Will Sturgeon introduce border-crossing restrictions?

Journeyman

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Nicola Sturgeon held a press conference concerning the new restrictions in the north of England, advising Scots not to travel there unless absolutely necessary. Fair enough, but it's got me wondering if she might try limiting travel across the border as a whole, or impose some sort of quarantine.

It'll be extremely difficult to enforce, and monstrously inconvenient for people in border areas who work and/or shop in English towns like Berwick or Carlisle. But...I wonder if she's under pressure to do it from the extreme nutjob wing of the nationalist movement. There's been some openly racist anti-English comments flying about, and I can't help thinking that some of these people would have the biggest orgasm of their lives if border restrictions were imposed.

Thoughts, anyone?
 
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Journeyman

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Does she have the legal power to do this or is this reserved for Westminster only (which, if it is, we can be assured it’ll never happen)
Measures under public health can be carried out, which is how the Scottish government justified different quarantine arrangements for overseas travel. So, yes, I think it could be done.
 

NorthOxonian

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The difficulty is that (except for parts of Carlisle) the issue isn't close to the border. It seems unfair to tarnish the people of the North East and Cumbria with the same brush as Manchester or Yorkshire. However I suppose there isn't an easy way to distinguish between someone nipping over the border from Northumberland versus travelling from further afield.
 

adc82140

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She can't. Any attempt to create a border between England and Scotland will result in the suspension of devolution. Remember the UK is not a federal state like the US or Australia, where the state governments carry considerably more clout. There is precedence. The Stormont assembly in Northern Ireland was suspended in the 70s when Westminster took a dim view of what they were doing.
 

Kendalian

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Does she have the legal power to do this or is this reserved for Westminster only (which, if it is, we can be assured it’ll never happen)
No, she said herself she does not have the legal power to close the border per se.

In theory she could impose a quarantine ban on travel into Scotland from England, which will provoke a constitutional crisis Sturgeon can't win (well not initially)
 

Kendalian

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She can't. Any attempt to create a border between England and Scotland will result in the suspension of devolution. Remember the Stormont assembly in Northern Ireland was suspended in the 70s when Westminster took a dim view of what they were doing.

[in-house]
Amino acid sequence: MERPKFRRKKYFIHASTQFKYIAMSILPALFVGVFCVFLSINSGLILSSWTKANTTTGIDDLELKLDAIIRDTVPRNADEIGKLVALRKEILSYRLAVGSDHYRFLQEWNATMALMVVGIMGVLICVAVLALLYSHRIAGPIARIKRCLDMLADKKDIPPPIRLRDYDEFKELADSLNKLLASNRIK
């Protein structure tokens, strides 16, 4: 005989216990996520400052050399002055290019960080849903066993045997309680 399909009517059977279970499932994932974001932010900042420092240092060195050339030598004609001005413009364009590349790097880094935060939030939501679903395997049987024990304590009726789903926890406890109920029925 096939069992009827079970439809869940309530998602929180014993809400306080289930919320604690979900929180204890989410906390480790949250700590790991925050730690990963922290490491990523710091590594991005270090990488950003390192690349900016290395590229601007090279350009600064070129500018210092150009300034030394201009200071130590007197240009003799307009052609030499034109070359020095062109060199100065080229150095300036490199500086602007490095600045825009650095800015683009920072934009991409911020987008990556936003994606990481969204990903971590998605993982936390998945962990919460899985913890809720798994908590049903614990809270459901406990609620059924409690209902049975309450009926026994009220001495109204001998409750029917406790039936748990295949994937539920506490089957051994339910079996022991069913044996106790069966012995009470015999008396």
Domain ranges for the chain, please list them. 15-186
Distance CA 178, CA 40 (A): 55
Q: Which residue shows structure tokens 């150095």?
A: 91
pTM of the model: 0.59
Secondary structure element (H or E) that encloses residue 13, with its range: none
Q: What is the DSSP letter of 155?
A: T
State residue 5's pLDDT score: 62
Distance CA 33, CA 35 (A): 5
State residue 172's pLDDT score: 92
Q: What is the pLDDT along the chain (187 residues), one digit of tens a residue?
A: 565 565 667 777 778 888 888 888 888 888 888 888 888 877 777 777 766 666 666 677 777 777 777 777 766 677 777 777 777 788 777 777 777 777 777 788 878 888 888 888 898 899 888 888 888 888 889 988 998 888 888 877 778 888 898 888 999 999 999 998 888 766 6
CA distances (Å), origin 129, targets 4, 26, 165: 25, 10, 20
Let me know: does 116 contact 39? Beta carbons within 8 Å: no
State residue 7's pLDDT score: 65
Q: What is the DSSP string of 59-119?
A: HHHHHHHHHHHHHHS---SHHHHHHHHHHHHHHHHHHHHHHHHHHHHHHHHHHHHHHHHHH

Yes, a nuclear option Boris has at his disposal (or rather Her Majesty acting on Boris's "orders")
 

carlberry

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Yes, a nuclear option Boris has at his disposal (or rather Her Majesty acting on Boris's "orders")
Which would play into what she wants anyway!
An easier way would just be to reimpose travel restrictions within the southern ends of the Scottish regions that border England (in the same way that Boris did in Leicester). It's unlikely, as it would hurt the local Scots, however if the infection rates on either side where sufficiently different she might be able to get away with it.
 

Kendalian

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Which would play into what she wants anyway!
An easier way would just be to reimpose travel restrictions within the southern ends of the Scottish regions that border England (in the same way that Boris did in Leicester). It's unlikely, as it would hurt the local Scots, however if the infection rates on either side where sufficiently different she might be able to get away with it.
Exactly...support for independence would likely go through the roof, hence why I called it a nuclear option!
 

adc82140

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A lot of people are making the mistake that Sturgeon=Scotland. A great many Scots I know can't stand her.
 

carlberry

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A lot of people are making the mistake that Sturgeon=Scotland. A great many Scots I know can't stand her.
To be fair the same can be said about Boris and England and I know too many Welsh people to even bring up the other name (as it just sets them off!).
 

DavidB

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No, she said herself she does not have the legal power to close the border per se.

In theory she could impose a quarantine ban on travel into Scotland from England, which will provoke a constitutional crisis Sturgeon can't win (well not initially)
But that would be a token gesture and completely unenforceable - how is anyone going to know if Mrs Bloggs from Gretna Green goes shopping in Carlisle, or Mr Smith from Berwick visits his parents in Jedburgh?
 

adc82140

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It's noticeable how she has softened her language over this to mere "advice". She knows deep down that going too far would limit the existence of her office.
 

carlberry

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I don’t think a Prof of Public Health would advise you professional railway people how to operate trains, so maybe worth reading this article on the need for cooperation between all four nations which make up the UK
https://twitter.com/devisridhar/status/1289220310483349505?s=21
Their statement is let down by not including the Republic of Ireland which (for Covid) is much more important for Northern Ireland then what England, Scotland and Wales do.